In 1997, I had no idea how fast desktop computers would get. Computer microprocessors had come from using very slow and simple 8-bit microprocessors back in 1977 to highly sophisticated 32-bit microprocessors in 1997. Clock speeds had risen by a factor of 40 to 80, but their effective speeds had climbed far more rapidly, from a few thousand instructions per second in 1977, in the Tandy Radio Shack 80, to 300 million instructions per second in January, 1997, in the 200 MHz Pentium Pro. So what I used as a guide was the 1997 Semiconductor Industry Association's (SIA's) 15-year technology roadmap. It called for the microprocessors of 2012 to operate at 3 GHz across the chip, with 13-GHz "hot spots" on the chip. Accordingly, I spaced my clock projections on the basis of this roadmap. After all, more authoritative source could you find than the SIA's 15-year roadmap?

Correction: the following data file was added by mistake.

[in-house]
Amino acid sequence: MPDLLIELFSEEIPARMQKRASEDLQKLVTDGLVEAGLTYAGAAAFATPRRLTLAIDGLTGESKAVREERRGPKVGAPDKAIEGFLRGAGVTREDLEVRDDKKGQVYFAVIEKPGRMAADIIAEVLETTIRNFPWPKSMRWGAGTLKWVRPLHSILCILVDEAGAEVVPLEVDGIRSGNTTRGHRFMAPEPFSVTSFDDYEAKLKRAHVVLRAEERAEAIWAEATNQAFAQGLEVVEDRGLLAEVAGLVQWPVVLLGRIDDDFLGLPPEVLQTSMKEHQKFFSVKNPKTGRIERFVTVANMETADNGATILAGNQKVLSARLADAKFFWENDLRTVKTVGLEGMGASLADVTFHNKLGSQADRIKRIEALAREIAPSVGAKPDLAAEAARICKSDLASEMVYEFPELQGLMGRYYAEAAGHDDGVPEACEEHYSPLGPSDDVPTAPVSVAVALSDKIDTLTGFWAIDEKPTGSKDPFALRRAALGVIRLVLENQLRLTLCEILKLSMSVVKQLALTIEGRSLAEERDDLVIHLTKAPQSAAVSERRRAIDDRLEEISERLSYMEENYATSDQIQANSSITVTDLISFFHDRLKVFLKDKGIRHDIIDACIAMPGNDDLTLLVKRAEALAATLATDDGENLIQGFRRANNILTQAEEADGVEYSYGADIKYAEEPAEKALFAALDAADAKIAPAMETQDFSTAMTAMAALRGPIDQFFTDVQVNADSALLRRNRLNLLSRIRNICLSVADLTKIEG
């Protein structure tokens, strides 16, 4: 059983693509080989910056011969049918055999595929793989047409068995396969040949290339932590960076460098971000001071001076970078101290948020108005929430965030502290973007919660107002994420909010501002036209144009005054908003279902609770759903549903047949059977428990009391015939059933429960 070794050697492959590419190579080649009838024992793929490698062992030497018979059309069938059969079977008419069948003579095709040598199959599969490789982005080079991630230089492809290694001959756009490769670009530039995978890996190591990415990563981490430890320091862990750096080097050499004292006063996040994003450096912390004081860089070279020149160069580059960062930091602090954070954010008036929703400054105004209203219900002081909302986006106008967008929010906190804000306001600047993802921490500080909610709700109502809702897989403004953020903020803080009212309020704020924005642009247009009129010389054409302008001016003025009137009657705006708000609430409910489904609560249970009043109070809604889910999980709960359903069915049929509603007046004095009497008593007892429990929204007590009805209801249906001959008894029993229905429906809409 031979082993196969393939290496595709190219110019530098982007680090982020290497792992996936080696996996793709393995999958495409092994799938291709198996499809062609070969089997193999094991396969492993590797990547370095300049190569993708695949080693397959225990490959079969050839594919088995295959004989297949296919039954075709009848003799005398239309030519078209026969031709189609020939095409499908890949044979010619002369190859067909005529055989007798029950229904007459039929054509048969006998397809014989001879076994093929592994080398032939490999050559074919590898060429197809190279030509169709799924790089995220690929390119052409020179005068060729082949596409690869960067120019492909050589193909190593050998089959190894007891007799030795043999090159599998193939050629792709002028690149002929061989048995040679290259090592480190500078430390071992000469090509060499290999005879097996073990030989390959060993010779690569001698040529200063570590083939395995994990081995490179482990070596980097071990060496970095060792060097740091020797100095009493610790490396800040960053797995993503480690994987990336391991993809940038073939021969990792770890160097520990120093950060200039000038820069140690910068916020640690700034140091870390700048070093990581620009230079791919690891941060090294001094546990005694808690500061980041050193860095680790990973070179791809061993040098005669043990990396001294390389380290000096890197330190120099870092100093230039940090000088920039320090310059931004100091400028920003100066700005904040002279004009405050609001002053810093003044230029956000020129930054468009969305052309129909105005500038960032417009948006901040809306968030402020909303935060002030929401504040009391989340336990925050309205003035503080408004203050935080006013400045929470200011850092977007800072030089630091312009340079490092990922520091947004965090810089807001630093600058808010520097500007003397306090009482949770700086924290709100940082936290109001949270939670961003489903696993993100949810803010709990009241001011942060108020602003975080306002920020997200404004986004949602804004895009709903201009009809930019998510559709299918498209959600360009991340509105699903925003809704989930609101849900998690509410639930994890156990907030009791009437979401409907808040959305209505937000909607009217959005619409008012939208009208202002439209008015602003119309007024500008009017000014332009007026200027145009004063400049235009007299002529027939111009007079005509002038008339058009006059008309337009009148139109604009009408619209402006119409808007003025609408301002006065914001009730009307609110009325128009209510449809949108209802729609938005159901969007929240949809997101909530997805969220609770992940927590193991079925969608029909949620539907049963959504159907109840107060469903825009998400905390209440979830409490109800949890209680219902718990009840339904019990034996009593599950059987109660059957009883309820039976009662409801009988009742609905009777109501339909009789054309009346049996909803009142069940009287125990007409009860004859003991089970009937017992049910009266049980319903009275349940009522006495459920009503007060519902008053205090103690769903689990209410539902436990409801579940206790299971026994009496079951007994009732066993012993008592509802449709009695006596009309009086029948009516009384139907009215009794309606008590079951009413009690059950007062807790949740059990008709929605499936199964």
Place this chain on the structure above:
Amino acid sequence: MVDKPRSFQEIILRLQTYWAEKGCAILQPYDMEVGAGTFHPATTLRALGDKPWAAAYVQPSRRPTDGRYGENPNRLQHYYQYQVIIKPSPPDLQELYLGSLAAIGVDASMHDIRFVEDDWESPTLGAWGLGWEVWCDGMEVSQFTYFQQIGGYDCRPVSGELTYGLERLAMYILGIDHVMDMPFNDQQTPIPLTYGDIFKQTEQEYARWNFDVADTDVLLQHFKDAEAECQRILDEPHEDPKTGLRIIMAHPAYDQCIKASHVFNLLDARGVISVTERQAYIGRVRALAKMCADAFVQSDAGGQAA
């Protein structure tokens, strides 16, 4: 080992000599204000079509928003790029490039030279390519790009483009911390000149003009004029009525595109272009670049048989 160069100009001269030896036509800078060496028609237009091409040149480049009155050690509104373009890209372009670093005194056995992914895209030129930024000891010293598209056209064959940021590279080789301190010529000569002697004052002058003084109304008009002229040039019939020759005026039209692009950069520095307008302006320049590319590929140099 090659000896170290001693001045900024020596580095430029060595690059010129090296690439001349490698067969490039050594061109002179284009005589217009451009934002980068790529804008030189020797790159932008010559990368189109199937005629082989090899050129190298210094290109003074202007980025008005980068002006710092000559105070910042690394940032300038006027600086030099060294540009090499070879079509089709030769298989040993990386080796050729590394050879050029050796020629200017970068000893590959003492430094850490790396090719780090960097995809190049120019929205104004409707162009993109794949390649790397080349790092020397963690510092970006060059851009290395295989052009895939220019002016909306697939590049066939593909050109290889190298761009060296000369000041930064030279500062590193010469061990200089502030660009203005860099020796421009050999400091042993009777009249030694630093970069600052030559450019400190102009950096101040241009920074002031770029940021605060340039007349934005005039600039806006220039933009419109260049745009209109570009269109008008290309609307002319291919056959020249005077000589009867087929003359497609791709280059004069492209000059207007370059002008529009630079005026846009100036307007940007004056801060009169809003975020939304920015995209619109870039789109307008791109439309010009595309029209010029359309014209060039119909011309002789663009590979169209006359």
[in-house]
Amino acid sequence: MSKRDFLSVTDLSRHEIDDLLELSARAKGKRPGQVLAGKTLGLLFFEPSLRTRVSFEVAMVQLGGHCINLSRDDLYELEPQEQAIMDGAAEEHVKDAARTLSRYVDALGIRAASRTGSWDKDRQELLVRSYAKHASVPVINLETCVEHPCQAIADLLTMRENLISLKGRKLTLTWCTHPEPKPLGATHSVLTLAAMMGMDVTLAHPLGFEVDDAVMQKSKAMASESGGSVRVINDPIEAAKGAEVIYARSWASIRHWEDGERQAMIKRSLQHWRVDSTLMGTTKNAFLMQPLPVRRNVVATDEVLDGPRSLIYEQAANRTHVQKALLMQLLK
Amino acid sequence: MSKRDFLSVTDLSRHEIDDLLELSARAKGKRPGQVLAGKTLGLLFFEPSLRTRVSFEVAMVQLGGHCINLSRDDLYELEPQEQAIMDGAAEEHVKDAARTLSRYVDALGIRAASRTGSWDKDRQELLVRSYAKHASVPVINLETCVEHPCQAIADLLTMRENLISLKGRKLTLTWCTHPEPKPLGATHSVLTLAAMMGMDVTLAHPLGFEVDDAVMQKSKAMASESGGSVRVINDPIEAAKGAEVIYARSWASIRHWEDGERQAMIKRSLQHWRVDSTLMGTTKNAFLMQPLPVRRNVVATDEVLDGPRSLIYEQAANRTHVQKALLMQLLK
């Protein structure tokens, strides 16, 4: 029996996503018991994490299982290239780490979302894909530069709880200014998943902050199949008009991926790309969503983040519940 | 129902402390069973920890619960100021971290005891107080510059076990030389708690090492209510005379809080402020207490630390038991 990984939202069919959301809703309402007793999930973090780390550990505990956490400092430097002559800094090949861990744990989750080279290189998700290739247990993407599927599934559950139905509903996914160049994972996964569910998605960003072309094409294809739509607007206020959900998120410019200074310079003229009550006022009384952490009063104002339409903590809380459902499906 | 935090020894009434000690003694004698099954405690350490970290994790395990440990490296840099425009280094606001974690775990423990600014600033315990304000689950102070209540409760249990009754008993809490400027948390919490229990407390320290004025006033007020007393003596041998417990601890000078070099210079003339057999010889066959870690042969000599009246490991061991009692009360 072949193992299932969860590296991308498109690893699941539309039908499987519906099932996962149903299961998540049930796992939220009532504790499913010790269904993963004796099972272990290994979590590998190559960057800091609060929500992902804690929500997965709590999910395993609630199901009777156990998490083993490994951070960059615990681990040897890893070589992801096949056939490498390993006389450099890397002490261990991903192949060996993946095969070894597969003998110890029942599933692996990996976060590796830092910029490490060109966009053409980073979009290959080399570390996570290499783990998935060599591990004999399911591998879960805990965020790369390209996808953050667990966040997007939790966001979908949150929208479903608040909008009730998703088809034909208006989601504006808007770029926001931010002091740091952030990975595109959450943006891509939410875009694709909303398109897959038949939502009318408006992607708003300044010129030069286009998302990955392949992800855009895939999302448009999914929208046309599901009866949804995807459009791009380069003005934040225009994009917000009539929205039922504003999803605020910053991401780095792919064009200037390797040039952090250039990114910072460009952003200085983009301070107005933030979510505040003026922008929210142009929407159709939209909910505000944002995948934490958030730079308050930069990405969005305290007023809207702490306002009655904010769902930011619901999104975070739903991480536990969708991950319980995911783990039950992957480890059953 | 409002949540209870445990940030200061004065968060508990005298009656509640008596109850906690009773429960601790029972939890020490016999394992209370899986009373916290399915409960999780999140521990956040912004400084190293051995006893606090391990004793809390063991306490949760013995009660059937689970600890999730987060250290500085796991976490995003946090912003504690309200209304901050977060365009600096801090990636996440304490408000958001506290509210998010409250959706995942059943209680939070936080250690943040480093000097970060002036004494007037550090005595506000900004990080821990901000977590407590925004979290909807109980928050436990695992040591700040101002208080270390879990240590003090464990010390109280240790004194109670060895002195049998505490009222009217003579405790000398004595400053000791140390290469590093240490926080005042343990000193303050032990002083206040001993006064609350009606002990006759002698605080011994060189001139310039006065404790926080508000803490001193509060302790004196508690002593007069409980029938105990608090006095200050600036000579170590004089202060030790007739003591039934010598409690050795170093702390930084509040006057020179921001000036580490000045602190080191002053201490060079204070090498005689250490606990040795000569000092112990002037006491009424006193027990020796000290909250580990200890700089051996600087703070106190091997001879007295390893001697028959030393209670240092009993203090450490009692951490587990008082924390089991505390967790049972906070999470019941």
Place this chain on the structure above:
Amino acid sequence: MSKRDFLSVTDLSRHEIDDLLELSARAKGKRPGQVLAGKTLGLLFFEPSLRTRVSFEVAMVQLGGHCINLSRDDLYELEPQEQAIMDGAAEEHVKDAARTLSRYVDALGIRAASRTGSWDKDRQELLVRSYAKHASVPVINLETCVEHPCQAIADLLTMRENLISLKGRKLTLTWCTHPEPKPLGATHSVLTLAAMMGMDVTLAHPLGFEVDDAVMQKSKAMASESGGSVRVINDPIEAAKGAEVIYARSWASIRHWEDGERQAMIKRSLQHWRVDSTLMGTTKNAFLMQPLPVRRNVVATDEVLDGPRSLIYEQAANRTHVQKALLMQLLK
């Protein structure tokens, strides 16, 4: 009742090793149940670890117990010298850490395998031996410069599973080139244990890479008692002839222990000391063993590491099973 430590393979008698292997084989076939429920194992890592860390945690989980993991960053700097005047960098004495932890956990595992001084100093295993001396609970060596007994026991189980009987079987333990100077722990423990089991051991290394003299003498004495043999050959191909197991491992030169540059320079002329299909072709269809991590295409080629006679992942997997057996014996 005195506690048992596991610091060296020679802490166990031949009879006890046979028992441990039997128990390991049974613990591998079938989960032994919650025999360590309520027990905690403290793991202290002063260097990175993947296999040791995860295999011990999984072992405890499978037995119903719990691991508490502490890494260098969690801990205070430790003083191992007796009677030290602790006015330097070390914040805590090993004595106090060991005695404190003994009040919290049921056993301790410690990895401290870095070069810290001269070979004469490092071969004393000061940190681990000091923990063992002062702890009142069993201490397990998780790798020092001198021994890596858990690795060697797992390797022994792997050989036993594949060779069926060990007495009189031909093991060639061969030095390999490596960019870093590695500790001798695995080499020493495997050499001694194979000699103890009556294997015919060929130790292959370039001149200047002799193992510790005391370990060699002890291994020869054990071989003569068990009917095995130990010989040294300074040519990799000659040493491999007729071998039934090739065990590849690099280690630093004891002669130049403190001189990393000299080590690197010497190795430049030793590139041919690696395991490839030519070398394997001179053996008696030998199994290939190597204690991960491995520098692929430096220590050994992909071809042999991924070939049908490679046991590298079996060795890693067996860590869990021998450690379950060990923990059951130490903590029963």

Two Roadmaps
    The answer (as I now read the augurs) is that the SIA's roadmaps are wishful thinking by the semiconductor industry, who want the largest companies... Intel, IBM, AMD, etc... to slow down. Part of the reason might be "Moore's Lament".... the multi-billion dollar costs of semiconductor "fabs". Stretching the timetable would allow additional time to amortize the wallet-busting costs of these facilities. So far, though, large semiconductor companies are still planning a new round of shrinkage  every two years, driving the technology to smaller and smaller dimensions. As a result, Intel latest microprocessor, the 3.06 GHz Pentium 4, already affords 3.06 GHz across the chip, with 6 GHz "hot spots" (compared to the SIA's 1997 roadmap plan for 2012, which called for 3 GHz across the chip, with 13-GHz "hot spots")..
The 2002 Semiconductor Industry Association's 15-Year Technology Roadmap vs. Intel and IBM